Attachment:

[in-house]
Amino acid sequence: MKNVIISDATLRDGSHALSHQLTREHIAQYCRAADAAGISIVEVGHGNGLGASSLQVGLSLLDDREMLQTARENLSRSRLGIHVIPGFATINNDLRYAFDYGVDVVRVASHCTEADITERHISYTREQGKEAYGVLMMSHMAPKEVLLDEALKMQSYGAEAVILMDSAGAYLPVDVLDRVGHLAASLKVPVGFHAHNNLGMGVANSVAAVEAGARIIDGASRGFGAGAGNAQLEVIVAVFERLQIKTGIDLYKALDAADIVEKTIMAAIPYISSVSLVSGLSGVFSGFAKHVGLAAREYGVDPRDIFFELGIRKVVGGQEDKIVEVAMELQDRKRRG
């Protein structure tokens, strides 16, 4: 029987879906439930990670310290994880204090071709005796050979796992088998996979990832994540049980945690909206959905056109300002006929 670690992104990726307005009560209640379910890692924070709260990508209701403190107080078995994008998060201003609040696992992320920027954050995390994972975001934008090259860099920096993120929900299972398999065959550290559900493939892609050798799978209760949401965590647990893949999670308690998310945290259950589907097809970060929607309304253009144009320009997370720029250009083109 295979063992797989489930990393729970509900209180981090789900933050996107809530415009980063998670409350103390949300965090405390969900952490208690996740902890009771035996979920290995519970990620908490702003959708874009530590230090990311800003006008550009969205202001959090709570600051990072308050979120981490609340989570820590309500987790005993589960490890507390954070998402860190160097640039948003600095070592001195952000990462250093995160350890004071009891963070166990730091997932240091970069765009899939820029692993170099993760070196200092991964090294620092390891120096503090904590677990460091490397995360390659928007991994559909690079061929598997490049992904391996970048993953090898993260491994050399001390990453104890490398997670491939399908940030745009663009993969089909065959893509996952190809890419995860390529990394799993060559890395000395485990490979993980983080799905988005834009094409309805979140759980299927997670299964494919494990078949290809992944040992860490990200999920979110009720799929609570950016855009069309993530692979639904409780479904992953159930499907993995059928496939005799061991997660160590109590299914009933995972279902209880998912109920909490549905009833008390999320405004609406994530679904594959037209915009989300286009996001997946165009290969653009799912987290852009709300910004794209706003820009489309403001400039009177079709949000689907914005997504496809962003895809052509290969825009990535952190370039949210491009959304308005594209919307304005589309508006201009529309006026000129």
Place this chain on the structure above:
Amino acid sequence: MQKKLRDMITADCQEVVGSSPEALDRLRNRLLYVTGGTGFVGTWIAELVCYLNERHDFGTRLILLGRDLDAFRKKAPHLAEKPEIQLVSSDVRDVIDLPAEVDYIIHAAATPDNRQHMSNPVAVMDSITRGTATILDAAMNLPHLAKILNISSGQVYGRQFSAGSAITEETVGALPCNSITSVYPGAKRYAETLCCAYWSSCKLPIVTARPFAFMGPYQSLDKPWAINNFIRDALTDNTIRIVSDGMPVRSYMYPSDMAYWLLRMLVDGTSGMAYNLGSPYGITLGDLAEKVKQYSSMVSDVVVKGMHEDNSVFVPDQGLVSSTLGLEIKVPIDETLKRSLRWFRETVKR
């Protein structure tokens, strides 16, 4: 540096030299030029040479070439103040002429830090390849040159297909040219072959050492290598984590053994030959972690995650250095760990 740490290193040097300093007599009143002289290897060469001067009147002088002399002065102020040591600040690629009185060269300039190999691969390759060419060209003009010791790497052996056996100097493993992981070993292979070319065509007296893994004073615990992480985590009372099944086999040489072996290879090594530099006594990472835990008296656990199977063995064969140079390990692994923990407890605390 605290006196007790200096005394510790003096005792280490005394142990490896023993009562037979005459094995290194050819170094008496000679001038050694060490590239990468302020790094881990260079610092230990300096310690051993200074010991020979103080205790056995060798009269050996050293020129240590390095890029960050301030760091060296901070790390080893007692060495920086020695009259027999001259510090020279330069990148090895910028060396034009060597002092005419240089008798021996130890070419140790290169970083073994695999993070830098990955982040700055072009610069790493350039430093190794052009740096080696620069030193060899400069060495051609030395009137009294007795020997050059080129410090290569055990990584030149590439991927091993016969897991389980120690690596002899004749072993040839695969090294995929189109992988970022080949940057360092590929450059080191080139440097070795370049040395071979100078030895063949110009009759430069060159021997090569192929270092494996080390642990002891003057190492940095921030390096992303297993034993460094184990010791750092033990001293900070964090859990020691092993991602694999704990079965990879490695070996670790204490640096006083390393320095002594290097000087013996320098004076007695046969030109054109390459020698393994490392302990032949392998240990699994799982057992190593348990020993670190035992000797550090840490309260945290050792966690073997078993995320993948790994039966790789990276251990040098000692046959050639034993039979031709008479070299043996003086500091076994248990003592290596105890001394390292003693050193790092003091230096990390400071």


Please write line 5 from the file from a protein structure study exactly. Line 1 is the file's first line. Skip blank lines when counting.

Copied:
Amino acid sequence: MQKKLRDMITADCQEVVGSSPEALDRLRNRLLYVTGGTGFVGTWIAELVCYLNERHDFGTRLILLGRDLDAFRKKAPHLAEKPEIQLVSSDVRDVIDLPAEVDYIIHAAATPDNRQHMSNPVAVMDSITRGTATILDAAMNLPHLAKILNISSGQVYGRQFSAGSAITEETVGALPCNSITSVYPGAKRYAETLCCAYWSSCKLPIVTARPFAFMGPYQSLDKPWAINNFIRDALTDNTIRIVSDGMPVRSYMYPSDMAYWLLRMLVDGTSGMAYNLGSPYGITLGDLAEKVKQYSSMVSDVVVKGMHEDNSVFVPDQGLVSSTLGLEIKVPIDETLKRSLRWFRETVKR